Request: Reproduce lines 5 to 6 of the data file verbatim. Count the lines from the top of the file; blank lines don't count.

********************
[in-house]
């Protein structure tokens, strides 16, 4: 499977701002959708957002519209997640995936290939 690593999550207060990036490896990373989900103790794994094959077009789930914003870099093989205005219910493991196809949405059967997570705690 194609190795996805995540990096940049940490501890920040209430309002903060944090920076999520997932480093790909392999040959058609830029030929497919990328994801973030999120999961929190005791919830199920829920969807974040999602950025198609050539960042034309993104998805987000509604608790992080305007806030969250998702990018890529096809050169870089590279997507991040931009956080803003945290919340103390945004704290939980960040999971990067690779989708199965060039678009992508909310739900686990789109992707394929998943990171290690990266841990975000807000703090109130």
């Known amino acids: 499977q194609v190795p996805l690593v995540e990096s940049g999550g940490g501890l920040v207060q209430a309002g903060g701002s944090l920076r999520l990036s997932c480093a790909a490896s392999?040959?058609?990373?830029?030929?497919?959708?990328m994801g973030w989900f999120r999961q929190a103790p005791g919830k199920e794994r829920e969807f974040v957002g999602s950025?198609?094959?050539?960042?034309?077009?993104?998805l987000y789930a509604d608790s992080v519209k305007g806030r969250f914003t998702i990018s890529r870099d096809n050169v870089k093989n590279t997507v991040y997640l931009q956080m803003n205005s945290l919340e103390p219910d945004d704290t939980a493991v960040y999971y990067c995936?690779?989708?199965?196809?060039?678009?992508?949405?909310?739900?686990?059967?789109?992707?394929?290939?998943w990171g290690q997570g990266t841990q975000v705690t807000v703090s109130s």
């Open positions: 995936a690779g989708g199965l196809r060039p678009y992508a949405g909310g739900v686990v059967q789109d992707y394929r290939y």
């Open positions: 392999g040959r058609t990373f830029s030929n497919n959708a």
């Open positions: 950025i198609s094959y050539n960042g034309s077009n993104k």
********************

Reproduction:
């Open positions: 392999g040959r058609t990373f830029s030929n497919n959708a």
């Open positions: 950025i198609s094959y050539n960042g034309s077009n993104k």